|Publication number||US4434384 A|
|Application number||US 06/214,534|
|Publication date||Feb 28, 1984|
|Filing date||Dec 8, 1980|
|Priority date||Dec 8, 1980|
|Publication number||06214534, 214534, US 4434384 A, US 4434384A, US-A-4434384, US4434384 A, US4434384A|
|Inventors||Clarence J. Dunnrowicz, Joseph Callerame|
|Original Assignee||Raytheon Company|
|Export Citation||BiBTeX, EndNote, RefMan|
|Referenced by (27), Classifications (6)|
|External Links: USPTO, USPTO Assignment, Espacenet|
This invention relates to ultrasonic transducers and their method of fabrication and more particularly to an improved technique for bonding the layer of piezoelectric material to its supporting layer and to its impedance matching layer.
Typically, a prior art transducer 16 of the lead-zirconate-titanate (PZT) suitable for use in medical ultrasonics has been fabricated as shown in FIG. 1. A layer 10 of PZT has silver electrodes 11 deposited on both sides of the PZT layer 10. Electrical leads 12 are connected to the silver electrodes 11 in order to allow electrical energization of the piezoelectric material. A glass layer 13 is bonded by an epoxy layer 14 to the silver electrode 11 on the upper side of the PZT layer 10 in order to provide acoustic impedance matching between the PZT layer 10 and the water of the container in which the transducer 16 is placed when it is being used. A supporting layer 15 is attached by the epoxy layer 14 to the silver electrode 11 on the lower side of the PZT layer 10. The supporting layer 15, typically of lead, serves to broaden the bandwidth and to absorb energy generated by the layer 10 and thus prevent reflections within the transducer. The epoxy layers 14, 16 are desired to be as thin as possible to minimize distortion of the acoustic wave passing through the layers 14, 16, such distortions being significant even for epoxy layers having thicknesses of approximately one half mil.
A transducer array 17 is comprised of individual transducer elements 18, each of which includes the layer of glass 13 and PZT piezoelectric layer 11, both mounted to a supporting layer 15. The layer of glass 13, the PZT piezoelectric layer 10 and the supporting layer 15 are initially epoxy bonded to each other to form a large area transducer after which a diamond saw is used to cut slits 19 through the glass layer 13 and the PZT piezoelectric layer 10 to form the individual radiating elements 18 of a linear transducer array 17, as shown. Typically, each one of the transducer elements 18 has a length of 8 mm and a width 20 of 2.5 mm. The elements 18 are spaced from each other by the width of the saw cut of slot 19 of approximately 0.1 mm.
It has been found that the structural reliability of the prior art transducer array fabricated as described is rather poor with bond failure often occurring especially at the PZT/glass interface. The failure often occurs during the sawing operation while forming the elements 18, or shortly thereafter when the transducer is being operated in its normal water environment.
It is believed that the poor reliability obtained with an epoxy bond is a result of a number of factors. Lateral cracking at the edges of the elements 18 is produced during the sawing operation. The effect of this cracking becomes more severe as the width 20 of the element decreases to 1-3 mm as desired in the transducer of this invention. The brittle nature of the epoxy bond 14 leads to further stress concentration effects. Further, it is a well established fact that the bond strength is often seriously degraded when subject to stress in a water environment in which the transducer to which the invention is directed is commonly employed.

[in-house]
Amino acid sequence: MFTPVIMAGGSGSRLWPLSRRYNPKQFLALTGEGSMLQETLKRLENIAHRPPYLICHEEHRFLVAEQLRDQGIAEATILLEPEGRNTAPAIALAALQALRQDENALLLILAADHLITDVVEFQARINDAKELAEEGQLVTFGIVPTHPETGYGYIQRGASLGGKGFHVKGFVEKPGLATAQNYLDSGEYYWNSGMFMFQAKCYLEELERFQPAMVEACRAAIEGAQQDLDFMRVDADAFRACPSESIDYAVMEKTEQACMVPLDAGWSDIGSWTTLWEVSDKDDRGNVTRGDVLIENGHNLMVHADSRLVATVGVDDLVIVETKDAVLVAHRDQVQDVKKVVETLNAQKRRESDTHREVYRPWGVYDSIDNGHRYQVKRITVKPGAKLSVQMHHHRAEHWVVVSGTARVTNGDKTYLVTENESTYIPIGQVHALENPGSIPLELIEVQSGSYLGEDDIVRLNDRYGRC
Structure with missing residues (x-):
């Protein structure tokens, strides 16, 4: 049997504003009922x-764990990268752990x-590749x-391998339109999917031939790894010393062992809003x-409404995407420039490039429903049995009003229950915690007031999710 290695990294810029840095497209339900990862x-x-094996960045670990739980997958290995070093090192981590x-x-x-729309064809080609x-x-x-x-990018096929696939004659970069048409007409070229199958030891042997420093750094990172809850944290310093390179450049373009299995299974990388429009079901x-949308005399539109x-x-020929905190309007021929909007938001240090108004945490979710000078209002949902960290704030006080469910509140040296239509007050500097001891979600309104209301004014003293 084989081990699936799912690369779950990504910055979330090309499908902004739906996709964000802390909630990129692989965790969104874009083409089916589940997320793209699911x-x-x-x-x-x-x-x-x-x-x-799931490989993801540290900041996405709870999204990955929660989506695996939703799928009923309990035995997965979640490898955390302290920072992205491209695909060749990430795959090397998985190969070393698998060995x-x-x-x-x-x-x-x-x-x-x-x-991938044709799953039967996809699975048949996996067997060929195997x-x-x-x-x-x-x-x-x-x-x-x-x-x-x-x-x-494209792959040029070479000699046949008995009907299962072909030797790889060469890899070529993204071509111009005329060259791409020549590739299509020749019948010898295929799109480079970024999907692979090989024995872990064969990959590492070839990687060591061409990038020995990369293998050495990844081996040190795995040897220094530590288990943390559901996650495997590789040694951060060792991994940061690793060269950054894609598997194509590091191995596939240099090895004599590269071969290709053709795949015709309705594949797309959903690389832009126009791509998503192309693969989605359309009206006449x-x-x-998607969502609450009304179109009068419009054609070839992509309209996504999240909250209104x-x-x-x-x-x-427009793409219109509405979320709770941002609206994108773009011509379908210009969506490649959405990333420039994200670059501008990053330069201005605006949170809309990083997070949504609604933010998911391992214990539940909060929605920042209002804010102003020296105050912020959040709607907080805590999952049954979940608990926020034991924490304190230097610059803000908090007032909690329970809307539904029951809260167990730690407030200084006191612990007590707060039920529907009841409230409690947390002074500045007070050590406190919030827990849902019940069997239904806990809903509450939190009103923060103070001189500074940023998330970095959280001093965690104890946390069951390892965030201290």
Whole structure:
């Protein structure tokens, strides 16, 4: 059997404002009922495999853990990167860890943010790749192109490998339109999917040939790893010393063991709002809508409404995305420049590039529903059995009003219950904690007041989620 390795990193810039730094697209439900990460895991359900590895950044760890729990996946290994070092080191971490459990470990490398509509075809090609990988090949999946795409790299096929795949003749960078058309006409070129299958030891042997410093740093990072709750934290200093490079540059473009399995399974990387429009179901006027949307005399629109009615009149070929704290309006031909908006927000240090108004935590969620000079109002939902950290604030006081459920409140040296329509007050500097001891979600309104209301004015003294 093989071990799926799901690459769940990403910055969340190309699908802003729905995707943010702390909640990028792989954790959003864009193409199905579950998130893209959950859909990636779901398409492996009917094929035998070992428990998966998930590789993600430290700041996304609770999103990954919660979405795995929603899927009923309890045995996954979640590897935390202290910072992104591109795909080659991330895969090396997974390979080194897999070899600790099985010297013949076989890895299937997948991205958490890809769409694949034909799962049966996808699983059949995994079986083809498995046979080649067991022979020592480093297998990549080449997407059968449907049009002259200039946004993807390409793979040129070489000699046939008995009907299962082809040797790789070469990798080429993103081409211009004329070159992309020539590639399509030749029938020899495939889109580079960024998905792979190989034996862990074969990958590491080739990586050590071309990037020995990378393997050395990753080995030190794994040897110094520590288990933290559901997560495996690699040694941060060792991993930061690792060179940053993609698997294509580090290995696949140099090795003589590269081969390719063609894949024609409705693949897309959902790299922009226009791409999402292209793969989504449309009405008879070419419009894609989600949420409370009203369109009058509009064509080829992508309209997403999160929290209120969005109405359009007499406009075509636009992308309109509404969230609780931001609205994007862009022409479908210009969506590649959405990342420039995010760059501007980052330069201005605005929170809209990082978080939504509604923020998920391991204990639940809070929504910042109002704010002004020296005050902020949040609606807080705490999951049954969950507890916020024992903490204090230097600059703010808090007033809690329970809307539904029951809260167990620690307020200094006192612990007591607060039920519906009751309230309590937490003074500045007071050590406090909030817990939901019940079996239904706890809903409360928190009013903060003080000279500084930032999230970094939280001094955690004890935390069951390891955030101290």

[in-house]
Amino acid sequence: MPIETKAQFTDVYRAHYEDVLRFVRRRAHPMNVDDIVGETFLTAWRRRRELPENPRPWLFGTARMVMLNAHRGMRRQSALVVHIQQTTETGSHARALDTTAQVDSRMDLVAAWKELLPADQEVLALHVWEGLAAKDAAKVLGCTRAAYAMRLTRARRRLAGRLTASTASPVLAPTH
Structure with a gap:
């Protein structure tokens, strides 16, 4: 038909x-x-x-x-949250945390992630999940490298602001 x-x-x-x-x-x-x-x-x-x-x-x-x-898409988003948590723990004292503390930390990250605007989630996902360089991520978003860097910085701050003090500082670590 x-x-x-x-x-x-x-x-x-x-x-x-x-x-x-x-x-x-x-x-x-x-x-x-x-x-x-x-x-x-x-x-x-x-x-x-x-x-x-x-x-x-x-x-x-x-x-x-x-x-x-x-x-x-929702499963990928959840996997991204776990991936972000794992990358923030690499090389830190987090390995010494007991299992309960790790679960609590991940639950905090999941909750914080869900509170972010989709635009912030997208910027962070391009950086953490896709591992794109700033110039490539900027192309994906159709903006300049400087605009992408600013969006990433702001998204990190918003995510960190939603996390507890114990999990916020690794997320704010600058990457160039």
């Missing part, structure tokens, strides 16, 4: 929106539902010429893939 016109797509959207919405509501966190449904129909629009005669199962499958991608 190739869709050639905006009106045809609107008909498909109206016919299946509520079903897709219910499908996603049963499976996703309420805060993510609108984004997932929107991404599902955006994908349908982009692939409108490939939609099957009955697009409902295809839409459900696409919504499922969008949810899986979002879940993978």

It is a primary object of this invention to provide an improved transducer array which is more reliable and resistant to degradation or failure during fabrication and use than those of the prior art. It is a further object of this invention to provide a transducer array in which the bond between the layers of the elements of the array produces minimum distortion of the acoustic energy being transmitted through the elements. It is a still further object of the invention to provide a transducer array which can be manufactured to be more reproducible than those of the prior art.
These and other objects are obtained in this invention by providing an improved bond between the layers of the transducer elements. More particularly, the layers are bonded together with gold bonding instead of epoxy bonding to provide the objectives and desirable features of the invention. It is a feature of this invention that the gold bonding is accomplished at relatively low temperature and pressure. It is a further feature of the invention that the quality of the gold bonding is such that it prevents the formation and/or the propagation of cracks in the layers during the sawing operation in the formation of the array.
An ultrasonic transducer and its method of manufacture is described wherein the bonding between a layer of transducer material, typically PZT, and an acoustic matching glass layer on one side of the transducer material and a supporting base or layer material on the other side of the transducer material, is made by depositing a smooth, thin gold layer on the smooth surfaces of the glass layer, PZT layer, and the base layer which are to be in contact with one another in the assembled transducer. The gold films on the surfaces of the glass layer, PZT layer, and base layer are forced in contact with one another under moderate pressure and temperature. The gold bonds so produced can withstand the stress of dicing with a diamond saw to produce an array of transducers which retain their bond strength in the water environment where conventional epoxy bonds frequently fail.